The History of Treating Hodgkin Lymphoma
Hodgkin lymphoma, also known as Hodgkin’s disease, is a type of cancer that affects the lymphatic system. The disease was first described by Thomas Hodgkin in 1832, who observed an abnormal mass of cells in the lymph nodes of a patient. However, it wasn’t until the 20th century that the specific subtype of lymphoma now known as Hodgkin lymphoma was identified and distinguished from other types of lymphoma. In the decades that followed, significant progress was made in understanding the biology of the disease and developing new treatment options, such as radiation therapy and chemotherapy.
One major advancement in understanding the biology of Hodgkin lymphoma came in the 1960s, with the discovery of the Reed-Sternberg cell by two pathologists, Dorothy Reed Mendenhall and Carl Sternberg. They independently described the presence of large, abnormal cells in the lymph nodes of patients with Hodgkin’s disease. These cells were later named Reed-Sternberg cells in their honor. The discovery of the Reed-Sternberg cell helped to establish Hodgkin lymphoma as a distinct entity and led to further research on the specific genetic changes that occur in these cells, which was crucial in understanding the biology of the disease and developing new treatment options.
In terms of treatment, radiation therapy and chemotherapy have been the mainstay of treatment for Hodgkin lymphoma for many years. In the 1960s and 1970s, researchers developed more precise and targeted radiation therapy techniques, such as involved-field radiation therapy (IFRT) and extended-field radiation therapy (EFRT), which led to improved outcomes for patients with early-stage Hodgkin lymphoma. Additionally, the introduction of combination chemotherapy regimens in the 1970s and 1980s greatly improved the cure rates for patients with Hodgkin lymphoma, with many patients achieving long-term remission.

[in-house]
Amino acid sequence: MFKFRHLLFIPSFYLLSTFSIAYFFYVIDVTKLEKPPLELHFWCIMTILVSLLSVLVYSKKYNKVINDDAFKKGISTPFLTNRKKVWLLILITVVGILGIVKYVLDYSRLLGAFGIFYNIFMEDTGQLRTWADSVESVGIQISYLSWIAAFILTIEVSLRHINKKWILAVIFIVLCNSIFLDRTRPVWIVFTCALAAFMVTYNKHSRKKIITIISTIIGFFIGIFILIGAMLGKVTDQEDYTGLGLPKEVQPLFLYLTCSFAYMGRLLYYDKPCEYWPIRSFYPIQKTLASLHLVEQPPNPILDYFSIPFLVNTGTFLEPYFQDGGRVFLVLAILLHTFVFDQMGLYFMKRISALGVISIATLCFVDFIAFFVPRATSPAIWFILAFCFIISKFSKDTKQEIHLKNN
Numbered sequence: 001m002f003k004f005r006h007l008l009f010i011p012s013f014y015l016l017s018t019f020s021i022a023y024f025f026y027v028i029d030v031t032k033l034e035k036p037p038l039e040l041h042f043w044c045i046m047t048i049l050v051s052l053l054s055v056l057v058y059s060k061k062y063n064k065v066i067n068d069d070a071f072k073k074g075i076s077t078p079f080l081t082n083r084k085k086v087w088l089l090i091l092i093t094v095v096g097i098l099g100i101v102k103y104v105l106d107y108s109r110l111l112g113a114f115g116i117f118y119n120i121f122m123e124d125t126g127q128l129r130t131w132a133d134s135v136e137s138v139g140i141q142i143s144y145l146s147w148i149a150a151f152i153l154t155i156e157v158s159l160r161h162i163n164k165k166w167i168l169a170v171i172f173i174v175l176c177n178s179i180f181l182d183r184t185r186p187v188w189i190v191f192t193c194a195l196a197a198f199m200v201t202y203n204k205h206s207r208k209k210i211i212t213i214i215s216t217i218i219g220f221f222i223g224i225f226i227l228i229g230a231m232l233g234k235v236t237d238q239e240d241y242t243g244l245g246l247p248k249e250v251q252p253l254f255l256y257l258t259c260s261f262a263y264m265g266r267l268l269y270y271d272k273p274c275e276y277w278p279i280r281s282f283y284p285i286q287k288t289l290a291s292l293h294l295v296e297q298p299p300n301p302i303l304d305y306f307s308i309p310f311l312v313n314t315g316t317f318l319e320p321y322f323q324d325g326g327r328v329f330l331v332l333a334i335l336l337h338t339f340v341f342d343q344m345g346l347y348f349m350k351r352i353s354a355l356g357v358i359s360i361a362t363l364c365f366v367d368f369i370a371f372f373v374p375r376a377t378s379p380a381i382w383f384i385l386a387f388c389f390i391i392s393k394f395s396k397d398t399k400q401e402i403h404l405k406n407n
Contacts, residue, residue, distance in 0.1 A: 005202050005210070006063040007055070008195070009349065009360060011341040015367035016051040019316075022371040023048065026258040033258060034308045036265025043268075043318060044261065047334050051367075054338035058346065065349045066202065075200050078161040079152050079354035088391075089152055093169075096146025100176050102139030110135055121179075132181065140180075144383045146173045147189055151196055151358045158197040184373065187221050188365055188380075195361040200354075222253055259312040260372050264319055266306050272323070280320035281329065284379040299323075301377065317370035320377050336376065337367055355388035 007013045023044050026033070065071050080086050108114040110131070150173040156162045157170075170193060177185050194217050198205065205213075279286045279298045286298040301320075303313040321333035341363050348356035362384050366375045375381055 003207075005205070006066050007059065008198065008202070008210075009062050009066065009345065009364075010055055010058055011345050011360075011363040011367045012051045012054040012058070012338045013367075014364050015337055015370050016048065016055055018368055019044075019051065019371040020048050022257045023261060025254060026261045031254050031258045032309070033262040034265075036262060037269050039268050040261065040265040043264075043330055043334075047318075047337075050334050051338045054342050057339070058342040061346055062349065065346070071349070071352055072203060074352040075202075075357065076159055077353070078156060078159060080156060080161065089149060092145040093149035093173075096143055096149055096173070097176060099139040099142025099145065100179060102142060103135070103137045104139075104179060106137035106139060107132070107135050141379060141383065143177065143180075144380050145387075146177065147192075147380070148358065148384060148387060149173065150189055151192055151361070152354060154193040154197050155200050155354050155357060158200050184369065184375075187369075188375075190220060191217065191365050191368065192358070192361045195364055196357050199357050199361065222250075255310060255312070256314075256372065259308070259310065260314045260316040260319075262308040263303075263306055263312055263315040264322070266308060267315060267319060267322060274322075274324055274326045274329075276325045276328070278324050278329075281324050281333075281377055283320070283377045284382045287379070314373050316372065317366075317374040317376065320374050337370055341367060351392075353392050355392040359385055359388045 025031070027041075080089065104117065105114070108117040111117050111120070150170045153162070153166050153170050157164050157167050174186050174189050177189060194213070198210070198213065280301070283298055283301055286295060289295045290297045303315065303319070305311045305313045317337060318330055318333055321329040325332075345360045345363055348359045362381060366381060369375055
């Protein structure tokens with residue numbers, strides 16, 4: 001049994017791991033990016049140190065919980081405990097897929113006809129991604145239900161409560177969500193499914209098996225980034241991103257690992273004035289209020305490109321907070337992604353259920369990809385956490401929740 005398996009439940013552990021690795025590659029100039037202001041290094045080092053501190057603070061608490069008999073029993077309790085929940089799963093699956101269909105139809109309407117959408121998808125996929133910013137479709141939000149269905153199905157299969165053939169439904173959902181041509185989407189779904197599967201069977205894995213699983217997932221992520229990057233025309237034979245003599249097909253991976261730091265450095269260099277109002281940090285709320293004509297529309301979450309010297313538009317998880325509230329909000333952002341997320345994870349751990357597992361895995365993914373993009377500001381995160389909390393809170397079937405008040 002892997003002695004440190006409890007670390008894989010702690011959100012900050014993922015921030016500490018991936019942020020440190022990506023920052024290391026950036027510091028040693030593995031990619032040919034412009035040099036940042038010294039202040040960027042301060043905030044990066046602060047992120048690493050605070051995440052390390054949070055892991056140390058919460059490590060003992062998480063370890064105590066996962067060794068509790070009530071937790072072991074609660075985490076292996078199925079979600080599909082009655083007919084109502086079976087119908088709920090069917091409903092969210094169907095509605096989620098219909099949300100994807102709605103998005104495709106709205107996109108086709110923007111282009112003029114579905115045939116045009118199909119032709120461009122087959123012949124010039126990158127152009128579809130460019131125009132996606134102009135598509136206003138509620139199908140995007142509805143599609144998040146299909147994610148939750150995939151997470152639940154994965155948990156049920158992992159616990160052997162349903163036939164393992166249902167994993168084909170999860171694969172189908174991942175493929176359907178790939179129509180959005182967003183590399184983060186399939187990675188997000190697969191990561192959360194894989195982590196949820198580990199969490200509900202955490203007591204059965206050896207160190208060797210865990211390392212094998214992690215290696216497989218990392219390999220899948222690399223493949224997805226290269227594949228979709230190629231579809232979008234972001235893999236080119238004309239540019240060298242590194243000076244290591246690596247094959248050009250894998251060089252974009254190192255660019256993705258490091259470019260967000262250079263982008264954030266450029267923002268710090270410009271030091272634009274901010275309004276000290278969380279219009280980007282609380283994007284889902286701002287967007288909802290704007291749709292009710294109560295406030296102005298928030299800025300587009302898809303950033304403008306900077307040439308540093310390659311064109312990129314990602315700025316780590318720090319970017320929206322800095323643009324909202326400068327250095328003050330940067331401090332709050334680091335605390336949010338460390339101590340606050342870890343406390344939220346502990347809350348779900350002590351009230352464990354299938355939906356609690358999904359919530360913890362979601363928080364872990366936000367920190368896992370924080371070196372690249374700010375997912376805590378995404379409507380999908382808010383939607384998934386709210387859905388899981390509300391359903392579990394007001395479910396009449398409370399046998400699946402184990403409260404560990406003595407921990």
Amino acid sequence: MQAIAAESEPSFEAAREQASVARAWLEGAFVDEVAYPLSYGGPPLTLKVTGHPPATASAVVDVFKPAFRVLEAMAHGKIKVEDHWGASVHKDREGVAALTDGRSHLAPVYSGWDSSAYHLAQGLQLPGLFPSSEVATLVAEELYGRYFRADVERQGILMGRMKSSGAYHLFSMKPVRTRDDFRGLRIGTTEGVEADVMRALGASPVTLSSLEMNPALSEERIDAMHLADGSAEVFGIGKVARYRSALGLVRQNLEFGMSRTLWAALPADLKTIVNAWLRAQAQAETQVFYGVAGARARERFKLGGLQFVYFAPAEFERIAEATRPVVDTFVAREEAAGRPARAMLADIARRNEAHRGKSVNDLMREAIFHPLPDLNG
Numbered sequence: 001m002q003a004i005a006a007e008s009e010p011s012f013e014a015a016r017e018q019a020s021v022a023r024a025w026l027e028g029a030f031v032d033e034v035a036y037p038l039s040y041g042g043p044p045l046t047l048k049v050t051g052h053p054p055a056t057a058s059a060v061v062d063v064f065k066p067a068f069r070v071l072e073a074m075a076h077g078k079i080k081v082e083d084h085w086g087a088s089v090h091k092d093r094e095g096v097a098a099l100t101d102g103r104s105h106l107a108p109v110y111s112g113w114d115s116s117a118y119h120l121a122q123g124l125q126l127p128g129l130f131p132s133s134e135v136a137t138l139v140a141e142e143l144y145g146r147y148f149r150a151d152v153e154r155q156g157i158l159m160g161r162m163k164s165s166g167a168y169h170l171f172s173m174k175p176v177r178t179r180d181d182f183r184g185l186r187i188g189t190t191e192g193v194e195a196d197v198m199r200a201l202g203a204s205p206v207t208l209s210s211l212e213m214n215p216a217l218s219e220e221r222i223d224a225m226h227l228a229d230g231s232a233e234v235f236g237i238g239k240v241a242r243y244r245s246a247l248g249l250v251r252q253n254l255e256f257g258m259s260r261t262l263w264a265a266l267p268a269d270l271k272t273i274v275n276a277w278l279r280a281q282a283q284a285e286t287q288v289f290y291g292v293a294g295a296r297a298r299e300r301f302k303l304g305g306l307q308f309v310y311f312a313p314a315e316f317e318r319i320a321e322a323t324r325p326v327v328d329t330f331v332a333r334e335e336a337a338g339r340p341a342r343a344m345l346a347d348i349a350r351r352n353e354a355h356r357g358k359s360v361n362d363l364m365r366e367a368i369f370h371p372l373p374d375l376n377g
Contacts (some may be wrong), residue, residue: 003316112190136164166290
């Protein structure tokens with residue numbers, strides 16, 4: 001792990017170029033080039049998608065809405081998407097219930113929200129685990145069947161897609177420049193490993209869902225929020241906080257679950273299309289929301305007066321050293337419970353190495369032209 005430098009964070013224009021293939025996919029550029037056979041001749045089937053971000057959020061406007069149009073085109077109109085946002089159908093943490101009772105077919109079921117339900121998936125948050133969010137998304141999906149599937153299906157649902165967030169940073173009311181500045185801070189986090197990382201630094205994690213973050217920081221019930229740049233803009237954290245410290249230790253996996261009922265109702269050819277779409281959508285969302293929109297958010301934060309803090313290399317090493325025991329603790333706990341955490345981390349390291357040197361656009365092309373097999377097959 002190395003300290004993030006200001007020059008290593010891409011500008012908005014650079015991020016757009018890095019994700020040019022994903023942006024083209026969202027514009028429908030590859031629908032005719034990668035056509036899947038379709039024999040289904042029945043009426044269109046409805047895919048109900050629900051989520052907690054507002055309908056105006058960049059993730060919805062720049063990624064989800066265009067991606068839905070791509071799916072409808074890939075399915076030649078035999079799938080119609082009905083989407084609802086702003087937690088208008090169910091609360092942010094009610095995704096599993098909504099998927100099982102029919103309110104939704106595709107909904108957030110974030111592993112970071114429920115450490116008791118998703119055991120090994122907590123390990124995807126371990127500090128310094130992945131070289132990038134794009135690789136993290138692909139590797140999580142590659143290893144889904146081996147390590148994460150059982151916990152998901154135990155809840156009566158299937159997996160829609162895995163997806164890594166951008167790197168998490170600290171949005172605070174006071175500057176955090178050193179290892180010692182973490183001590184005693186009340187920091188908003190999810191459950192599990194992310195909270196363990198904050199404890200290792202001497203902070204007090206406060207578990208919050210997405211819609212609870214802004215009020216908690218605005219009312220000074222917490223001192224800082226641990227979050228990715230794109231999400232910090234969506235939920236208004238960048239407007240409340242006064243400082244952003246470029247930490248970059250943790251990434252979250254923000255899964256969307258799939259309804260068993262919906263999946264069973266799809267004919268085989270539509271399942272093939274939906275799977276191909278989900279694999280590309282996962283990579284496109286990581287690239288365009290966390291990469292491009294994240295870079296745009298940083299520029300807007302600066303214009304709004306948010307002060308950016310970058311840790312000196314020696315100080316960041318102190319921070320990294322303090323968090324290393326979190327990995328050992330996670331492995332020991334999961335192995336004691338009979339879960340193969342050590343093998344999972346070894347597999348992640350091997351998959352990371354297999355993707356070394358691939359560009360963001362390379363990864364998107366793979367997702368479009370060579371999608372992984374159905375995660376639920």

More recently, there have been many new developments in the treatment of Hodgkin lymphoma, including the use of immunotherapy drugs such as brentuximab vedotin (Adcetris) and nivolumab (Opdivo). These drugs are designed to target specific proteins on the surface of cancer cells, leading to their destruction. Additionally, new immunotherapy drugs, such as rituximab, which targets the CD20 protein, are being used to treat Hodgkin lymphoma patients.
Overall, the progress made in understanding the biology of Hodgkin lymphoma and developing new treatment options has greatly improved the outlook for patients with this disease, with many patients now experiencing long-term remission with fewer late-effects.